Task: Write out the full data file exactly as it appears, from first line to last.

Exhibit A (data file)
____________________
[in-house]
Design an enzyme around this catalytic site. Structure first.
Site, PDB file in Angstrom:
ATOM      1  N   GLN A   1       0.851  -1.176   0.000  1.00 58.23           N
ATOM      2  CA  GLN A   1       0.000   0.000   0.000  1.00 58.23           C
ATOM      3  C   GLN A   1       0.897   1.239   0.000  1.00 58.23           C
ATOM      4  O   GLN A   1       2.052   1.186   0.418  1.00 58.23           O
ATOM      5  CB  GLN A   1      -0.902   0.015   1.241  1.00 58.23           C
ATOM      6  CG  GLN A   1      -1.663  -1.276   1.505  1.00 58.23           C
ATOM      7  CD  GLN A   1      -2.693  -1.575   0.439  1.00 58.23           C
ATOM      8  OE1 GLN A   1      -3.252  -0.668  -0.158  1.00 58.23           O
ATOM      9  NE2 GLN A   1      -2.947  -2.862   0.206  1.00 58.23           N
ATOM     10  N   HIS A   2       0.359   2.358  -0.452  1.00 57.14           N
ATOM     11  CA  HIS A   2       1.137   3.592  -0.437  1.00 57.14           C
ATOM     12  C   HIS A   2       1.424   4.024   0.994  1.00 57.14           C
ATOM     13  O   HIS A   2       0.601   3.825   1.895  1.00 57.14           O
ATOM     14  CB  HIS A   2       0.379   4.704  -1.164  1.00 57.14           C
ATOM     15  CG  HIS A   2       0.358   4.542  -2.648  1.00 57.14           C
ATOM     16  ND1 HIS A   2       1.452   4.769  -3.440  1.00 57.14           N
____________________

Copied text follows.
[in-house]
Design an enzyme around this catalytic site. Structure first.
Site, PDB file in Angstrom:
ATOM      1  N   GLN A   1       0.851  -1.176   0.000  1.00 58.23           N
ATOM      2  CA  GLN A   1       0.000   0.000   0.000  1.00 58.23           C
ATOM      3  C   GLN A   1       0.897   1.239   0.000  1.00 58.23           C
ATOM      4  O   GLN A   1       2.052   1.186   0.418  1.00 58.23           O
ATOM      5  CB  GLN A   1      -0.902   0.015   1.241  1.00 58.23           C
ATOM      6  CG  GLN A   1      -1.663  -1.276   1.505  1.00 58.23           C
ATOM      7  CD  GLN A   1      -2.693  -1.575   0.439  1.00 58.23           C
ATOM      8  OE1 GLN A   1      -3.252  -0.668  -0.158  1.00 58.23           O
ATOM      9  NE2 GLN A   1      -2.947  -2.862   0.206  1.00 58.23           N
ATOM     10  N   HIS A   2       0.359   2.358  -0.452  1.00 57.14           N
ATOM     11  CA  HIS A   2       1.137   3.592  -0.437  1.00 57.14           C
ATOM     12  C   HIS A   2       1.424   4.024   0.994  1.00 57.14           C
ATOM     13  O   HIS A   2       0.601   3.825   1.895  1.00 57.14           O
ATOM     14  CB  HIS A   2       0.379   4.704  -1.164  1.00 57.14           C
ATOM     15  CG  HIS A   2       0.358   4.542  -2.648  1.00 57.14           C
ATOM     16  ND1 HIS A   2       1.452   4.769  -3.440  1.00 57.14           N